The pitches hung lazily in the strike zone, balls dropped where they needed to and men in pinstripes ambled around the bases and across home plate with carefree ease.
Oh, we don't mean Old-Timers' Day. We mean the professional baseball game that came after it.
In keeping with their recent trend of offensive dominance (and of giving starter Nathan Eovaldi more run support than he might ever need), the Yankees shellacked the Tigers, 14-3, Saturday night and continued to show the potential to be one of the most dangerous offensive teams in baseball.
The Yankees scored five runs in the third inning, had 12 runs before Eovaldi went through the order twice and wound up hitting five home runs. They outhit the Tigers 16-2 through five innings and wound up with 18 hits.
The Yankees entered the game having averaged 4.60 runs per game, second only to the Blue Jays. They were helped along by Brett Gardner, who had a triple in the first, a double in the second and a single in the third, and Alex Rodriguez, who notched RBIs in each of the first three innings (the final three of his five RBIs came on a home run in the third).
Carlos Beltran hit solo homers from both sides of the plate and Didi Gregorius and Chris Young also went deep.
The Yankees have hit multiple home runs in 11 of their last 16 home games.
As for Eovaldi, he more than redeemed himself on three days' rest, going six innings-plus and allowing two earned runs and three hits. All three Tigers runs came in the seventh after the Yankees had built a 13-0 lead, scoring in each of the first five innings.
In his previous start, Eovaldi gave up eight earned runs in two-thirds of an inning against the Marlins, his former team. But his low pitch count then (36) meant he was more than ready to go Saturday night, giving Masahiro Tanaka an extra day of rest.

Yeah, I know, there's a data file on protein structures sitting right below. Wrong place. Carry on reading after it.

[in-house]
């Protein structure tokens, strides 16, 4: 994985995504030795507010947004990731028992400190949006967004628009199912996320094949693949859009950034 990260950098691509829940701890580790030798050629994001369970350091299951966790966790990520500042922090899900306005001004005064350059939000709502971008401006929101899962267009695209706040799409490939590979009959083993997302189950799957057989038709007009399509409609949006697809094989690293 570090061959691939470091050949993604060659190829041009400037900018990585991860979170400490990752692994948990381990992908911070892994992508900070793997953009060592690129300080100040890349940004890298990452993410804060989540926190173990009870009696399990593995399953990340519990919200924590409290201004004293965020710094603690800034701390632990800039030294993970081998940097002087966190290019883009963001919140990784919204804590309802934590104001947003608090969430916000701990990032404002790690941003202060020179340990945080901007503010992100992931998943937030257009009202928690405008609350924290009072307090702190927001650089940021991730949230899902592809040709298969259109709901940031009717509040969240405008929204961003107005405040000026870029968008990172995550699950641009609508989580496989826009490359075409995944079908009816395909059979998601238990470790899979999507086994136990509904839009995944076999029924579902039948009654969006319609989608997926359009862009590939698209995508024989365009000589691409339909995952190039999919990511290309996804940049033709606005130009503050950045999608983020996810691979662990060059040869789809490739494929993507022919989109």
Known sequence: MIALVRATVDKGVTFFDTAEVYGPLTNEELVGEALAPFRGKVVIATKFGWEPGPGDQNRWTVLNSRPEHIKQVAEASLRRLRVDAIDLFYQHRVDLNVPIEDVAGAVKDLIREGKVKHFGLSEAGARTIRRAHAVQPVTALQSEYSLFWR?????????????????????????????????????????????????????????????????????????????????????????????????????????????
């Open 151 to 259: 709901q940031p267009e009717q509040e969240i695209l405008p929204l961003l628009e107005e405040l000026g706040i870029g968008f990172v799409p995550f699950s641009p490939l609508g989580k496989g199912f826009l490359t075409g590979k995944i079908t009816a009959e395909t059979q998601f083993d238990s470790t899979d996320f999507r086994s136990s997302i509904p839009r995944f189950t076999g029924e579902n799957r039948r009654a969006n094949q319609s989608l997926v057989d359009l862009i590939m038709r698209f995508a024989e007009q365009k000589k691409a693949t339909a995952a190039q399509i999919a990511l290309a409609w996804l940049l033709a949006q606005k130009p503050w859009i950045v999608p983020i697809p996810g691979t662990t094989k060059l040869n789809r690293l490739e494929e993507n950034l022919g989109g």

"Just a bounce-back start, that's all," Joe Girardi said. "Just to get him back to before he had the rough outing in Florida."
Girardi was easing the pressure. Also easing the pressure on Eovaldi? Entering the game, he had a 6.65 run-support average, fourth highest in the majors.
Things kicked off quickly as Gardner smacked starter Alfredo Simon's seventh pitch about 385 feet to right-center for a leadoff triple. One out later, A-Rod smoked a shot to third. Andrew Romine made the grab from his knees, but his throw to the plate (which should have beaten Gardner easily) hit Gardner in the back of the helmet and went to the backstop, allowing him to score the first run and A-Rod to reach second.
And so it began.
Gregorius, who hit a second-inning solo homer Friday night, repeated the feat almost exactly, leading off the second with a solo shot to right-center. Later in the inning, Rodriguez's bases-loaded sacrifice fly drove in Stephen Drew.
Beltran led off the third with a homer to right-center, and the Yankees tacked on four more in the inning to knock out Simon. Ian Krol didn't fare much better, allowing a three-run homer to A-Rod, the first batter he faced.
It got to the point that Tigers infielder Josh Wilson took the mound in the eighth -- and watched Young drive his fourth pitch over the fence.